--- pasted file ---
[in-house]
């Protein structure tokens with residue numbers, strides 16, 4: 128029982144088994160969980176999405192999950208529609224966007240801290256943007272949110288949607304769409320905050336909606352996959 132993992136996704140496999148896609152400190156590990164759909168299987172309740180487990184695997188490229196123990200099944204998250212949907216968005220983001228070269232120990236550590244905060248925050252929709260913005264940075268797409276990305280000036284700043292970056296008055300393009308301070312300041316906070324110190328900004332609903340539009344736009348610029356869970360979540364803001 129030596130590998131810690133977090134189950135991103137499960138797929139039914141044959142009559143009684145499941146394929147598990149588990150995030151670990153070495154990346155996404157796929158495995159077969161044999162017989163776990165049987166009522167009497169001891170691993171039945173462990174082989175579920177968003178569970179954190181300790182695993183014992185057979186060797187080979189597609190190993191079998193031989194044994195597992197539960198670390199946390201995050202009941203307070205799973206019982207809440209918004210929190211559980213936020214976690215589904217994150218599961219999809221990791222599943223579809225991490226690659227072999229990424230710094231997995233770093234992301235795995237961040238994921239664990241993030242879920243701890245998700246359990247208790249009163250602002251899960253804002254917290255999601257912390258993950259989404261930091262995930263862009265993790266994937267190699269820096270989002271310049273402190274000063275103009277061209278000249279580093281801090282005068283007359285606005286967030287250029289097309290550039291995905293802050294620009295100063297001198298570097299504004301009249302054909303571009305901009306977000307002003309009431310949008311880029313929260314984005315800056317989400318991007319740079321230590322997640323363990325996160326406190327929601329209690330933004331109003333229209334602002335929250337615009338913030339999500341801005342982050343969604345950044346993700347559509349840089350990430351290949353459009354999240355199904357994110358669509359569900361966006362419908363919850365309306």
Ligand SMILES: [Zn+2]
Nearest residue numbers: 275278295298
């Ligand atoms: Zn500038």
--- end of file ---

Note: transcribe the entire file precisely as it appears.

[in-house]
């Protein structure tokens with residue numbers, strides 16, 4: 128029982144088994160969980176999405192999950208529609224966007240801290256943007272949110288949607304769409320905050336909606352996959 132993992136996704140496999148896609152400190156590990164759909168299987172309740180487990184695997188490229196123990200099944204998250212949907216968005220983001228070269232120990236550590244905060248925050252929709260913005264940075268797409276990305280000036284700043292970056296008055300393009308301070312300041316906070324110190328900004332609903340539009344736009348610029356869970360979540364803001 129030596130590998131810690133977090134189950135991103137499960138797929139039914141044959142009559143009684145499941146394929147598990149588990150995030151670990153070495154990346155996404157796929158495995159077969161044999162017989163776990165049987166009522167009497169001891170691993171039945173462990174082989175579920177968003178569970179954190181300790182695993183014992185057979186060797187080979189597609190190993191079998193031989194044994195597992197539960198670390199946390201995050202009941203307070205799973206019982207809440209918004210929190211559980213936020214976690215589904217994150218599961219999809221990791222599943223579809225991490226690659227072999229990424230710094231997995233770093234992301235795995237961040238994921239664990241993030242879920243701890245998700246359990247208790249009163250602002251899960253804002254917290255999601257912390258993950259989404261930091262995930263862009265993790266994937267190699269820096270989002271310049273402190274000063275103009277061209278000249279580093281801090282005068283007359285606005286967030287250029289097309290550039291995905293802050294620009295100063297001198298570097299504004301009249302054909303571009305901009306977000307002003309009431310949008311880029313929260314984005315800056317989400318991007319740079321230590322997640323363990325996160326406190327929601329209690330933004331109003333229209334602002335929250337615009338913030339999500341801005342982050343969604345950044346993700347559509349840089350990430351290949353459009354999240355199904357994110358669509359569900361966006362419908363919850365309306």
Ligand SMILES: [Zn+2]
Nearest residue numbers: 275278295298
């Ligand atoms: Zn500038």